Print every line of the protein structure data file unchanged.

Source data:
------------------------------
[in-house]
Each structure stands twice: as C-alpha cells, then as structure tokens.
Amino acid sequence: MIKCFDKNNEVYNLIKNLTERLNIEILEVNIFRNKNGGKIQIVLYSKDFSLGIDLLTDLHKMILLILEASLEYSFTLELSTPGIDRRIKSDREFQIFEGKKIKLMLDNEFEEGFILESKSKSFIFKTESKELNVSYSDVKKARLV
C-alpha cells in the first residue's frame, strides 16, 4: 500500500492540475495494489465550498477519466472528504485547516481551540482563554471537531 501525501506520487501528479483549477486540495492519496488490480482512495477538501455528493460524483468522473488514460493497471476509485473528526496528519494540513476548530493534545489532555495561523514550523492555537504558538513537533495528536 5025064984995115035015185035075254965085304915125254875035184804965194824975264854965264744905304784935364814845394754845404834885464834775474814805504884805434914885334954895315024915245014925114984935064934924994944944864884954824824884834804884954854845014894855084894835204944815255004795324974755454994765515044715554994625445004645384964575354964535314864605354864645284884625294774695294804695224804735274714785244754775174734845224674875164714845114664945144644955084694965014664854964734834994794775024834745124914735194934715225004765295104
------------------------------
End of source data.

[in-house]
Each structure stands twice: as C-alpha cells, then as structure tokens.
Amino acid sequence: MIKCFDKNNEVYNLIKNLTERLNIEILEVNIFRNKNGGKIQIVLYSKDFSLGIDLLTDLHKMILLILEASLEYSFTLELSTPGIDRRIKSDREFQIFEGKKIKLMLDNEFEEGFILESKSKSFIFKTESKELNVSYSDVKKARLV
C-alpha cells in the first residue's frame, strides 16, 4: 500500500492540475495494489465550498477519466472528504485547516481551540482563554471537531 501525501506520487501528479483549477486540495492519496488490480482512495477538501455528493460524483468522473488514460493497471476509485473528526496528519494540513476548530493534545489532555495561523514550523492555537504558538513537533495528536 5025064984995115035015185035075254965085304915125254875035184804965194824975264854965264744905304784935364814845394754845404834885464834775474814805504884805434914885334954895315024915245014925114984935064934924994944944864884954824824884834804884954854845014894855084894835204944815255004795324974755454994765515044715554994625445004645384964575354964535314864605354864645284884625294774695294804695224804735274714785244754775174734845224674875164714845114664945144644955084694965014664854964734834994794775024834745124914735194934715225004765295104